Ancient Monuments

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Promontory fort on Barrow Hill

A Scheduled Monument in Milborne Port, Somerset

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Latitude: 50.9847 / 50°59'4"N

Longitude: -2.4702 / 2°28'12"W

OS Eastings: 367089.516217

OS Northings: 120695.401901

OS Grid: ST670206

Mapcode National: GBR MW.LCYZ

Mapcode Global: FRA 56QH.TQN

Entry Name: Promontory fort on Barrow Hill

Scheduled Date: 1 November 1934

Last Amended: 24 September 1999

Source: Historic England

Source ID: 1016738

English Heritage Legacy ID: 32183

County: Somerset

Civil Parish: Milborne Port

Traditional County: Somerset

Lieutenancy Area (Ceremonial County): Somerset


The monument includes a promontory fort, considered to be of Iron Age date,
which occupies the south western end of Barrow Hill. Three sides of the fort
are elevated above a valley formed by the river which rises at Bradley Head,
some 800m to the north west. The defences on the north, west, and south side,
follow the natural steep contours of the hill and gradually taper to a narrow
spur at the south west. These steep slopes may originally have been fortified
by wooden pallisades but there are no surviving remains to confirm this. The
ground levels out towards the east and the defence on this side of the fort is
formed by a substantial cross-spur rampart, running broadly from north west to
south east for approximately 270m, effectively isolating the south western end
of the hill. The rampart survives to a height of approximately 6m and is
flanked on its outer, eastern side by a berm and quarry ditch. The ditch is an
average 0.4m deep and the ditch and berm together are about 30m wide. At the
lower end of the rampart a gap of 4.5m wide almost certainly represents the
original entrance formed by a causewayed approach, approximately 40m long,
across the ditch and berm and into the fort. The combination of natural and
artificial defences define a level interior of approximately 8ha.
Although an exact date for the construction and occupation of the fort has yet
to be established, its similarity in terms of position and construction to
other promontory forts, reliably dated to the Iron Age, would suggest a
comparable date. However, the theory that the site was an unfinished burh
related to the Anglo Saxon mint settlement at nearby Milborne Port, or that it
was utilised during the medieval period, should not be discounted.
All fence posts, gate posts, telegraph poles and water troughs, together with
the shepherd's hut which is located within the fort on the north eastern edge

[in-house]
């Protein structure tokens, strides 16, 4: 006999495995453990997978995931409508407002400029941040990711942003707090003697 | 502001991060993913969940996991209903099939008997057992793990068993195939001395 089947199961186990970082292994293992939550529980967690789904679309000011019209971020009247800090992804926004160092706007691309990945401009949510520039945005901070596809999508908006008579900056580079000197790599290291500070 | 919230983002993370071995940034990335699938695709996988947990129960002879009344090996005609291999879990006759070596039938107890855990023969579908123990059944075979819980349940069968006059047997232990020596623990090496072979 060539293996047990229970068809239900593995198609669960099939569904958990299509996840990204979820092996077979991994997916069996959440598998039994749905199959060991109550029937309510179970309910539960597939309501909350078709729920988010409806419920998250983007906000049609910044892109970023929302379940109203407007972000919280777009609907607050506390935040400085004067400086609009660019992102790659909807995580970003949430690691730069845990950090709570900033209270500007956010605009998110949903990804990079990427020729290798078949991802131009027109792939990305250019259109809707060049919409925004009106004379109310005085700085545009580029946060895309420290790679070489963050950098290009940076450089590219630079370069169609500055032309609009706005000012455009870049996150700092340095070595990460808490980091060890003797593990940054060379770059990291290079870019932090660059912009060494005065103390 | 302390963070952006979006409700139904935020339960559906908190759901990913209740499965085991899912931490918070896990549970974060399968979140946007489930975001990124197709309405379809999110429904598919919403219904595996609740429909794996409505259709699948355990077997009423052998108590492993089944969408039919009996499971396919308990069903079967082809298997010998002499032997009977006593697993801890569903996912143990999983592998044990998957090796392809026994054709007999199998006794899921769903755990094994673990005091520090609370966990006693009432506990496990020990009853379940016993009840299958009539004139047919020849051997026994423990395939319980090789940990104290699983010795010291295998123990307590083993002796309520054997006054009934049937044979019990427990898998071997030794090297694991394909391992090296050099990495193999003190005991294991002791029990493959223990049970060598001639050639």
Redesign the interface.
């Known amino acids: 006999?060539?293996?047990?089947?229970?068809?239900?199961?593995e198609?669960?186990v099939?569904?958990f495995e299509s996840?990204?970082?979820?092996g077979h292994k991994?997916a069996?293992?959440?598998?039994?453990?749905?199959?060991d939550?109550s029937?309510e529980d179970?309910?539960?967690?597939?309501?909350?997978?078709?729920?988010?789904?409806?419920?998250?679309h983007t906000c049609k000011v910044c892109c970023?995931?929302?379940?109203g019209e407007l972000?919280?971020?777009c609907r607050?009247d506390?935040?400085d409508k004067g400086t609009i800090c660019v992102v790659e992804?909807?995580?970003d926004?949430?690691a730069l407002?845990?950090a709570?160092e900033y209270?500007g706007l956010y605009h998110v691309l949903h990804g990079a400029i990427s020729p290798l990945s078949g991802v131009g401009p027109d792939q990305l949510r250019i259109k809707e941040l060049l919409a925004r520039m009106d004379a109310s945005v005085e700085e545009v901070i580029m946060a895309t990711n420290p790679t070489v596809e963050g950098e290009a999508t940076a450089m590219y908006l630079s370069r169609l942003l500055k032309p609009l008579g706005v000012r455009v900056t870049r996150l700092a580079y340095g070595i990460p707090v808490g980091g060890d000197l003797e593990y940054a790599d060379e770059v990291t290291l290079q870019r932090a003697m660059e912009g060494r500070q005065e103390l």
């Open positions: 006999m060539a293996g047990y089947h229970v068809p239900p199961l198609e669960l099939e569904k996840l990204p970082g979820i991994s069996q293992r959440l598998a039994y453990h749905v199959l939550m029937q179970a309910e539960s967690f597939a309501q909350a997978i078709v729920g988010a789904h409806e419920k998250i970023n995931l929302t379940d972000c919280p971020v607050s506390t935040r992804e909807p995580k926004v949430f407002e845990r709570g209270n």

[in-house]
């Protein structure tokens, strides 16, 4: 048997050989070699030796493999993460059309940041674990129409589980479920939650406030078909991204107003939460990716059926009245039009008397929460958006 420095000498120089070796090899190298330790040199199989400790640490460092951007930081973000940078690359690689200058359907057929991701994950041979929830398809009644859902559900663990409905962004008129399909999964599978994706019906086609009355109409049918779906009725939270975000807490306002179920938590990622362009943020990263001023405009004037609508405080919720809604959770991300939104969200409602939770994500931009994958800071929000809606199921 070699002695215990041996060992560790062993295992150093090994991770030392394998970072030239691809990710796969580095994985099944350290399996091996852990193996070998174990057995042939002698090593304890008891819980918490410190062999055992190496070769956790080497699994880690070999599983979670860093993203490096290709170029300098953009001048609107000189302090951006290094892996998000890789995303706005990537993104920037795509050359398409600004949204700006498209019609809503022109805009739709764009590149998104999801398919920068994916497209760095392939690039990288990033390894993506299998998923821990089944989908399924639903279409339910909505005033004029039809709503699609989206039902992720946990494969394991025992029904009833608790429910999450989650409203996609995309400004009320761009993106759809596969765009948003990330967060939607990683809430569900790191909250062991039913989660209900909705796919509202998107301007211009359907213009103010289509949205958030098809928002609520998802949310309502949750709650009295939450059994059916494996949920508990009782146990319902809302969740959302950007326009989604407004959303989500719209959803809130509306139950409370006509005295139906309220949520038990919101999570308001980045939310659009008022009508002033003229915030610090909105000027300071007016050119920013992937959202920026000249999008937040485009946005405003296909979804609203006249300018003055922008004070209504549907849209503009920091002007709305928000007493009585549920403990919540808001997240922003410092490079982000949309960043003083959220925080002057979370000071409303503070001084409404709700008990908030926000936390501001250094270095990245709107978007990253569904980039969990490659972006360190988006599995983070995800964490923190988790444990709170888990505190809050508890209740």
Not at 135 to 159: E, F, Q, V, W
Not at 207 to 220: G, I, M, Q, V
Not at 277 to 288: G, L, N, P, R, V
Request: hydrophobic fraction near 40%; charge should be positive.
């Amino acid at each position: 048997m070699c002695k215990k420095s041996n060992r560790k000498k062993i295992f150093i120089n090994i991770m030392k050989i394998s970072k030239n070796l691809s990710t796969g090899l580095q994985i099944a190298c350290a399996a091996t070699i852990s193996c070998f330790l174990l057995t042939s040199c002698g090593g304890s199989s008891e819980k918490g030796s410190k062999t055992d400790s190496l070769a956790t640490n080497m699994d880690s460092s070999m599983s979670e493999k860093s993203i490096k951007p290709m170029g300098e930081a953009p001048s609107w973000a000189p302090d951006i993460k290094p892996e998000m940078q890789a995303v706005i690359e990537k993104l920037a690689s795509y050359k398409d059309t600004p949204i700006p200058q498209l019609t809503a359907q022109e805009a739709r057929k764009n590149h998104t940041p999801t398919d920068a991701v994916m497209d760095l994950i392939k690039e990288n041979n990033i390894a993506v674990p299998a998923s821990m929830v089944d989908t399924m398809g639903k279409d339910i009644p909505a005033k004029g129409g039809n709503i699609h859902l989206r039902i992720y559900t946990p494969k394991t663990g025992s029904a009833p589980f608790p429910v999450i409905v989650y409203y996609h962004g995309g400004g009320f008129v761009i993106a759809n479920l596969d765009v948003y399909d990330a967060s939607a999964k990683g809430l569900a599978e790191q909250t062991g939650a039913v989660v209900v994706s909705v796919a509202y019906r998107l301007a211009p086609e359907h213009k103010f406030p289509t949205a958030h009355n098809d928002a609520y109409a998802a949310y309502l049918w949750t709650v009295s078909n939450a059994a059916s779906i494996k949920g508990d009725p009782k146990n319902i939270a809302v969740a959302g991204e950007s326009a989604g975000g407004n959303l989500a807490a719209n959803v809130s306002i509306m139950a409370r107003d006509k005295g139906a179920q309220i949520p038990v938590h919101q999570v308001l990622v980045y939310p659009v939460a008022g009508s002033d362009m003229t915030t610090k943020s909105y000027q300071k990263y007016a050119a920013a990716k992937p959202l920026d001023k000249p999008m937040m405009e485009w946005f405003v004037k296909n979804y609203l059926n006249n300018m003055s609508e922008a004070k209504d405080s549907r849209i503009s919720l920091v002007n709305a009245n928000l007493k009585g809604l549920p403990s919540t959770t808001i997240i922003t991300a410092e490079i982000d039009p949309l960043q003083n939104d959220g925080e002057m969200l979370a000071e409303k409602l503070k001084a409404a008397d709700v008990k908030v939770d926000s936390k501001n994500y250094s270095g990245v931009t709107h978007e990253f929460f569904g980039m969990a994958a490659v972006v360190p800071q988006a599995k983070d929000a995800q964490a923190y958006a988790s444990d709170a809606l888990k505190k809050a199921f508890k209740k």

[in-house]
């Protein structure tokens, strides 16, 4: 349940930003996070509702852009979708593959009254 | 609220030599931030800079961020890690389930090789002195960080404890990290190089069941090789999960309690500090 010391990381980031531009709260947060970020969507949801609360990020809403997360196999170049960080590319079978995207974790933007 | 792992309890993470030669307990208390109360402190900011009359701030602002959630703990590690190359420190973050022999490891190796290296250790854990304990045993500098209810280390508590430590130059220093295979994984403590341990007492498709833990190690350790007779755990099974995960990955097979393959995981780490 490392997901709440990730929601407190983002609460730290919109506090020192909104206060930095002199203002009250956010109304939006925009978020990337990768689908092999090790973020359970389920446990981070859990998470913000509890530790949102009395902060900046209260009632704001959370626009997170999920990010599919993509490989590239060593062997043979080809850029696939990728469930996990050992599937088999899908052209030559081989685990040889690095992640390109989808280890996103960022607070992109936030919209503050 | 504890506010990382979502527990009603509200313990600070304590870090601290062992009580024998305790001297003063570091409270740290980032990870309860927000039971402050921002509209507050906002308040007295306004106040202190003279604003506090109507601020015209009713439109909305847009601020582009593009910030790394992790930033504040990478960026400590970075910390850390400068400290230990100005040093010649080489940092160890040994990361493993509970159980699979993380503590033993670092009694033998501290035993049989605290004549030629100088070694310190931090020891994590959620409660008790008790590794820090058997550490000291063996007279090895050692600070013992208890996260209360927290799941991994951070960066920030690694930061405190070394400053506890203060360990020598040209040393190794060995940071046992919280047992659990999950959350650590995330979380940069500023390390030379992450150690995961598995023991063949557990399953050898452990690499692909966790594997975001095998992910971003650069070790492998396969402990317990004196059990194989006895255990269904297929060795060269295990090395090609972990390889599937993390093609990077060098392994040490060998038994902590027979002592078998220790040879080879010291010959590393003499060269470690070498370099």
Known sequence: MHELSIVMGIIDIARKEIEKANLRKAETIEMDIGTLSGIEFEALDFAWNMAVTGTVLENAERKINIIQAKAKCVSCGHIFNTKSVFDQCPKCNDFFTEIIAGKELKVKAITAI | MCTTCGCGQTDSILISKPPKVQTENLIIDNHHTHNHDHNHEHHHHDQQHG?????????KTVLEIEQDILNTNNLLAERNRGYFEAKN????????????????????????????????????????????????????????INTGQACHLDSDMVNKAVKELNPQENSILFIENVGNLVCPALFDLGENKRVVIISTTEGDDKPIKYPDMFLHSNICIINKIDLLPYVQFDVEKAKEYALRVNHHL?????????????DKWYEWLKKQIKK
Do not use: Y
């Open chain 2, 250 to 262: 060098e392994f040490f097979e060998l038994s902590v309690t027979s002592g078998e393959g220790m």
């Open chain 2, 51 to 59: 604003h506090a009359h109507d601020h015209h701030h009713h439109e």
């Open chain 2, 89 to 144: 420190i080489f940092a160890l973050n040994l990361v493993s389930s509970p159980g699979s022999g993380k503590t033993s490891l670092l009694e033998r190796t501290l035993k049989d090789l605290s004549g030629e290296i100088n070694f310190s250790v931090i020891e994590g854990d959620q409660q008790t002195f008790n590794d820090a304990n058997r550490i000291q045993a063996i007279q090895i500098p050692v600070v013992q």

and the rectangular stone feature loctated on the edge of the stream on the
south side, are excluded from the scheduling, although the ground beneath
these features is included.

The site of the monument is shown on the attached map extract.

Source: Historic England

Reasons for Scheduling

Promontory forts are a type of hillfort in which conspicuous naturally
defended sites are adapted as enclosures by the construction of one or more
earth or stone ramparts placed across the neck of a spur in order to divide it
from the surrounding land. Coastal situations, using headlands defined by
steep natural cliffs, are common while inland similar topographic settings
defined by natural cliffs are also used. The ramparts and accompanying ditches
formed the main artificial defence, but timber palisades may have been erected
along the cliff edges. Access to the interior was generally provided by an
entrance through the ramparts. The interior of the fort was used intensively
for settlement and related activities, and evidence for timber- and stone-
walled round houses can be expected, together with the remains of buildings
used for storage and enclosures for animals. Promontory forts are generally
Iron Age in date, most having been constructed and used between the sixth
century BC and the mid-first century AD. They are broadly contemporary with
other types of hillfort. They are regarded as settlements of high status,
probably occupied on a permanent basis, and recent interpretations suggest
that their construction and choice of location had as much to do with display
as defence. Promontory forts are rare nationally with less than 100 recorded
examples. In view of their rarity and their importance in the understanding of
the nature of social organisation in the later prehistoric period, all
examples with surviving archaeological remains are considered nationally

The promontory fort on Barrow Hill is a good example of this type of hillfort,
being naturally defended on three sides and artificially fortified on the
fourth side by an earthwork rampart. It will provide valuable information
relating to the monument, the lives of its inhabitants, and the landscape in
which they lived.

Source: Historic England


54262, BAR, (1984)

Source: Historic England

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